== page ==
• As it is a loss to markind when any good action is forgotten, I shall insert another instance of Mr. Wilks's generosity, very little krvwn. Mr. Smith, a geotleman educated at Dublin, being hindered by an impediment in his pronunciation from engaging in order , for wbich his friends designed him, jest his own country, and came to London in quest of employment, but found his solicitations fruitless, and his necesities every day more pressing in this distress he wrote a tragedy and oftered it 19 the players, by whom it was rejected. Thus were his laft hopes defeated, and he had no other prospect than of the moft deplorable poverty. But Ms. Wilks thoughe his performance, though not perfect, at least worthy of some reward, and therefore offered him a benefit. This favour he "improved with lo much diligence, that the house afforded him a confiderable fum, with which he wen to Leyden, applied himself to the ftudy of phyfick, and profecuted his design with so much diligence and success, that when Dj. Bixers haave was desired by the Czarina to recommend propet perfunis to introduce inco Rulia the practice and ftudy of physick, Dr. Smith was one of those whom he selected. He bad a considerable pension settled on kim at his arrival, and was one of the chief physicians at the Rufian CyuTk. Dr. J.
A letter from Dr, Smith in Russia to Mr. Wilks, is printed in Cherwood's History of the Stage. E. + This I write upon the credit of the author of his life, which was published 1927. Dr. J. Vol. I. 3 G
That this act of generosity may receive its due praise, and that the good actions of Mrs. Oldfield may not be sullied by her general character, it is proper to mention that Mr. Savage often declared in the strongest terms, that he never saw her alone, or in any other place than behind the scenes.
At her death he endeavoured to 'snew his gratitude in the most decent manner, by wearing mourning as for a mother ; but did not celebrate her in elegies*, because he knew that too great profusion of praise would only, have revived those faults which his natural equity did not allow him to think less, because they were committed by one who favoured him; but of which, though his virtue would not endeavour to palliate ; hem, his gratitude would not suffer him to prolong the memory or diffuse the censure.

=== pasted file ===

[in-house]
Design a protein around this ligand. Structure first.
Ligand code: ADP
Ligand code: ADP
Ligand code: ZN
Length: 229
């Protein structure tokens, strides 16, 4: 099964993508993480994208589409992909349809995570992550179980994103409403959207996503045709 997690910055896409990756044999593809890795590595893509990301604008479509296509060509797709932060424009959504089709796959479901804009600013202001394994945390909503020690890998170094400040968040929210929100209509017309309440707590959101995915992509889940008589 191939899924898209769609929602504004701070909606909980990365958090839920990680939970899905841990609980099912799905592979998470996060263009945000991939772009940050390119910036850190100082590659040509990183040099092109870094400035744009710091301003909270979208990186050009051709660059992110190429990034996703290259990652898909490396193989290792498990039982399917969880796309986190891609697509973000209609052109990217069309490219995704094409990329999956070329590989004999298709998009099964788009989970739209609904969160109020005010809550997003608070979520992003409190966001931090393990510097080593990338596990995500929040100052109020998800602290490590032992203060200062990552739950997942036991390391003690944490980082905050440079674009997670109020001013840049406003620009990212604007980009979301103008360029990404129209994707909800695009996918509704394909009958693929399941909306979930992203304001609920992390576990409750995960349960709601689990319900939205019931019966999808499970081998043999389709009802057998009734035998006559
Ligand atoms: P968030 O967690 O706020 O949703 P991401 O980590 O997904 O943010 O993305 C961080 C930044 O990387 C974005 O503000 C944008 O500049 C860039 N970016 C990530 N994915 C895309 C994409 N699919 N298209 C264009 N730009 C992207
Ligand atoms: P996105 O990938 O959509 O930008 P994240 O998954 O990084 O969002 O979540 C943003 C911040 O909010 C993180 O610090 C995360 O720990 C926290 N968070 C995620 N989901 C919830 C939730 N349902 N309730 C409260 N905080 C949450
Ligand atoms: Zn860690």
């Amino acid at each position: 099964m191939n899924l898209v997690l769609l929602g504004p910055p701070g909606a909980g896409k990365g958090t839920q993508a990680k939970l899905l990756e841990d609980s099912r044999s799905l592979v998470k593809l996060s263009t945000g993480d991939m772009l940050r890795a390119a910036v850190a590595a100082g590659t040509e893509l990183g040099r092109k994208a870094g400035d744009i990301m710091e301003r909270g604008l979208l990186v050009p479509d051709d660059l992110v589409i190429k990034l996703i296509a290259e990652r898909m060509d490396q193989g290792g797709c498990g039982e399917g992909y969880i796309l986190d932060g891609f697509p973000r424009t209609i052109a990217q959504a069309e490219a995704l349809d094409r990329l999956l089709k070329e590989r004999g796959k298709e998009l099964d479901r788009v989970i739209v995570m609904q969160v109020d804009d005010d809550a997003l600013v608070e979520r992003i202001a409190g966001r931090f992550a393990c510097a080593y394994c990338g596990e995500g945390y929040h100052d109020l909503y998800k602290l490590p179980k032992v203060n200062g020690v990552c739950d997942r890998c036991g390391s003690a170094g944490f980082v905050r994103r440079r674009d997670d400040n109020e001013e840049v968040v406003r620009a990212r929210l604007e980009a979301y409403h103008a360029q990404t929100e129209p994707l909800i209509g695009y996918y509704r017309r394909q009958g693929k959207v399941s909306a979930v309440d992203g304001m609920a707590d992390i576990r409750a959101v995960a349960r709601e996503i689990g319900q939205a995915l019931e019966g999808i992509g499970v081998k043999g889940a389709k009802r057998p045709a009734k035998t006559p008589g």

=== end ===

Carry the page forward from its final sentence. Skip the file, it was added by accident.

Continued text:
In his Wanderer he has indeed taken an opportunity of mentioning her ; but celebrates her not for her virtue, but her beauty, an excellence wiich none ever denied her : this is the only encomium with which he has rewarded her liberality, and perhaps he has even in this been too lavish of his praise. He seems to have thought, that never to mention his benefactress would have an appearance of ingratitude, though to have dedicated any particular performance to her memory would have only betrayed an officious partiality, that, without exalting her character, would have depressed his own.
He had sometimes, by the kindness of Mr. Wilks, the advantage of a benefit, on which occasions he often received uncommon marks of regard and compassion; and was once told by the Duke of Dorset, that it was just to consider him as and injured nobleman, and that in his opinion the nobility ought to think themselves obliged, without solicitation, to take every opportunity of supporting him by their countenance and patronage. But he had generally the mortification to hear that the whole interest of his mother was employed to frustrate bis applications, and that she never left any expedient untried, by which he might be cut off from the possibility of sup: porting life. The same disposition she endeavoured to diffuse among all those over whom nature or fortune gave her any
influence, and indeed succeeded too well in her design ; but could not always propagate her effrontemy with her cruelty, for some of those whom she incited against him were ashamed of their own conduct, and boasted of that relicf which they never gave him.
In this censure 1 do 'not indiscriminately involve all his relations; for he haş mentioned with gratitude the humanity of onė. Lady, whose name I am now unable to recollect, and to whom therefore I cannot pay the praises which she deserves for having acted well in opposition to influence, precept, and example.
* Chetwood, however, has printed a poem on her death, wrich he aftibes to Mr. Savage Set "Iturg of the Stage, p. 206. E.
The punishment which our laws inflict upon those parents who murder their infants is well known, nor has its justice ever been contested; but if they deserve death who desti oy a child in its birth, what pains can be severe enough for her, who forbears to destroy him only to inflict sharper miseries upon him ; who prolongs his life only to make him miserable; and who exposes him, withcut care and without pity, to the malice of oppression, the caprices of chance, and the temptations of poverty ; who rejoices to see him overvhelmed with calamities; and, when his own industry, or the charity of others, has enabled him to rise for a short time above his miseries, plunges him again into his former distress?